Needle Fight Ails Bush's Smallpox Plan Wires
Tuesday, Jan. 28, 2003

WASHINGTON - The Bush administration is pushing forward with a plan
for millions of smallpox vaccinations without using the latest needle
technology to prevent injuries and the spread of disease, angering
some who are bucking the Bush plan.

Health workers complain the decision not to use the latest safety
needles, though they are available and encouraged under federal law,
is emblematic of an aggressive smallpox vaccination plan that is
moving forward too fast and disregards important health issues.

Officials at the Centers for Disease Control and Prevention counter
that the latest design of safety needles that could be used for the
vaccinations have flaws that do not make them any safer.

That does not satisfy critics.

"It is federal law that safe technology is required by employers, and
here we have a total disregard of a federal law by the federal
government," said Evelyn Bain, Occupational Safety and Health
Specialist at Massachusetts Nurses Association.

The association announced last week it was recommending its 20,000
members not volunteer until the government addresses several safety

Under the Bush program, the first vaccinations of 10.5 million medical
workers and emergency responders began Friday. The CDC began shipping
the first 21,600 doses to Connecticut, Nebraska, Vermont and Los
Angeles County last week.

The program does not use "safety needles" that come with features to
reduce the risk of needlestick injuries, which can expose health
workers to blood-borne pathogens such as HIV, Hepatitis B, Hepatitis C
or the vaccinia virus.

The Needlestick Safety and Prevention Act signed by Bill Clinton in
the fall of 2000 directs employers to use safety needles or employ
workplace controls to minimize the risk of injury.

In March 2002, the FDA approved a two-pronged "bifurcated" safety
needle for smallpox vaccinations that is manufactured by Univec, a
company in Long Island, N.Y. The vaccination kits for the government's
smallpox vaccination plan do not use safety needles, the CDC says.

Bifurcated needles look like tiny pitchforks, with two points at the
end that are dipped into the vaccine liquid. The liquid clings between
the two points as the needle is jabbed several times into the skin.

Safety bifurcated needles are mounted in a syringe base, to make them
easier to handle. The safety needles also have a plastic sheathe that
slides forward to cover the sharp points after use, when they are the
most dangerous.

Health workers suffer between 600,000 and 1 million needlestick
injuries each year, according to American Nurses Association, and
1,000 are estimated to get serious infections from the injuries. ANA
says using safer devices could prevent 80 percent of the injuries.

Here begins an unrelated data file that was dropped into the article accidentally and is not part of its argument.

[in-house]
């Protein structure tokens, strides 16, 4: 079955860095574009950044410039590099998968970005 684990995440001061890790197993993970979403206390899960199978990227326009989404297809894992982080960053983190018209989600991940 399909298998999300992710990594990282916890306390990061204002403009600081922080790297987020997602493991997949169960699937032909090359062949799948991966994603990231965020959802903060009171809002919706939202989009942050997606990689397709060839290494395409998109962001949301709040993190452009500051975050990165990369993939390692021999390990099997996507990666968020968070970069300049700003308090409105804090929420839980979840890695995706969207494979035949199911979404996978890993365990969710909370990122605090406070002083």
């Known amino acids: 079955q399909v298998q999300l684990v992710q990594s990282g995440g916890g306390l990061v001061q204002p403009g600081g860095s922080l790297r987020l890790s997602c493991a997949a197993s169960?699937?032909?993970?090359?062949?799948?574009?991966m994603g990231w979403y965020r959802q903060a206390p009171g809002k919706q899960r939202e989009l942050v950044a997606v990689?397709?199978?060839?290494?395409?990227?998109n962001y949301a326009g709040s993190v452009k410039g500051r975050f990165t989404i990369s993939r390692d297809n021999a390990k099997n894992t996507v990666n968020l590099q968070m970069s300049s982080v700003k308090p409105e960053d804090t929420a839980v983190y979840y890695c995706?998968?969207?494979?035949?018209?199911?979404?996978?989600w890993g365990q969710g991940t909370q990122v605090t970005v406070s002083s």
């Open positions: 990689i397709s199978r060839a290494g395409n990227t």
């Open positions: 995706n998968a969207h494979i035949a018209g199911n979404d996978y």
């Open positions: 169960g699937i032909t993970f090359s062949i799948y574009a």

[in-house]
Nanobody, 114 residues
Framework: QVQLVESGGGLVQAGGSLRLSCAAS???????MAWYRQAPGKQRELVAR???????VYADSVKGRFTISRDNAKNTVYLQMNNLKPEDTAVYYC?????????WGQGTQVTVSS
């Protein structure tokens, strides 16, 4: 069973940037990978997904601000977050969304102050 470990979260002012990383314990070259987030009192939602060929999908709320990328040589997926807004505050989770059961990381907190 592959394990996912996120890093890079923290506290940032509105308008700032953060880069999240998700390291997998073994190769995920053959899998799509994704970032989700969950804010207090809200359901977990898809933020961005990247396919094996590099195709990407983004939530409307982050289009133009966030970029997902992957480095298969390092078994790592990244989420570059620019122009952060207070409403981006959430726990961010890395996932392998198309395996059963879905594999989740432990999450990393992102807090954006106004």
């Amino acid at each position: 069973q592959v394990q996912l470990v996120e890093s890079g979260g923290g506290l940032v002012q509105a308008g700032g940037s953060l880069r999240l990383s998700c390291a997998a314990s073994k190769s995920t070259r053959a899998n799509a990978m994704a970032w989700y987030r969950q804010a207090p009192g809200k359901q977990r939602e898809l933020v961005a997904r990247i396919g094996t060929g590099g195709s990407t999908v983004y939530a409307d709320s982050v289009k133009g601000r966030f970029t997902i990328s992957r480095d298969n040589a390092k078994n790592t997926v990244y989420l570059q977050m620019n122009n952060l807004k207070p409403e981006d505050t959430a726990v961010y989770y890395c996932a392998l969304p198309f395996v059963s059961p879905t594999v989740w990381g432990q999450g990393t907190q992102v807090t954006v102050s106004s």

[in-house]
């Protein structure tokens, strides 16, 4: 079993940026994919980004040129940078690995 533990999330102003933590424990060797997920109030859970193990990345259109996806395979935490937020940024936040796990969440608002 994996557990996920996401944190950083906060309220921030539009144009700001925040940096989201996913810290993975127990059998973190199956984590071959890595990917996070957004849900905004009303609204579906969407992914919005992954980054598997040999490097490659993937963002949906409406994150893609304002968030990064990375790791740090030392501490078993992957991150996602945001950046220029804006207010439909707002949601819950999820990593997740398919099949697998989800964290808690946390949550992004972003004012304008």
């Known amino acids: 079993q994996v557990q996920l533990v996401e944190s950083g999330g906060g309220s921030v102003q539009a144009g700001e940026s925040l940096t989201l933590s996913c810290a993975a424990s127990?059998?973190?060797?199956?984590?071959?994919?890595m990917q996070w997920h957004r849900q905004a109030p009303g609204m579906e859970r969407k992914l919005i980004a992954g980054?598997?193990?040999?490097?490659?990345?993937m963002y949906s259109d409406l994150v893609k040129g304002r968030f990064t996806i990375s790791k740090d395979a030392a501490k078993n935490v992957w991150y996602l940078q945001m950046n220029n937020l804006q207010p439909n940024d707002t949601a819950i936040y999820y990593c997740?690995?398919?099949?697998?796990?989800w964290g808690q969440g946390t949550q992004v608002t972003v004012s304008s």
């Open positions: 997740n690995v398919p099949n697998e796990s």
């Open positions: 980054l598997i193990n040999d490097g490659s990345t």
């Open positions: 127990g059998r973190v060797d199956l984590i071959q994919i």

"Our organization has said that they needs to use safety devices," for
the smallpox vaccination program, said Cheryl Peterson, a senior
policy fellow at American Nurses Association.

An analysis by Pharmacy Services, Inc., which licenses the bifurcated
safety needle, said that use of the bifurcated needle without safety
devices could result in 37,500 needlestick injuries if the entire U.S.
population eventually received smallpox vaccinations.

Dr. Ray Strikas, a medical epidemiologist at the CDC's National
Immunization Program, said the vaccine approved by the FDA was
approved as a package along with a needle that does not have a safety
device because no safety needle was available at the time the FDA
began considering the vaccine.

Strikas also said officials at the Department of Health and Human
Services have determined the safety needle has design flaws that might
not make it any safer. He said the bifurcated safety needle approved
by the FDA is "difficult to handle and prone to breakage."

"There is no reason to go jump through a bunch of regulatory hoops if
it is not going to make it any safer," Strikas said.

Health workers said the administration should find a way to send out
the smallpox vaccine with the safest needles available and required by

American Nurses Association wrote President Bush on Jan. 16 asking for
a delay in the vaccination program for health and safety issues,
including "the utilization of safer bifurcated needles." Several large
unions, including Service Employees International Union, also wrote
the president earlier this month asking that the vaccination program
be delayed.

As hospitals in a number of states last week announced they will not
vaccinate their staff, a 15-member independent panel of th Institute
of Medicine delivered concerns about the vaccination program and
recommended that CDC "proceed cautiously, allowing continuous
opportunity for adequate and thoughtful deliberation, analysis and

The panel noted a number of "important matters" could not be addressed
in their report, including "occupational safety issues, particularly
related to bifurcated needles."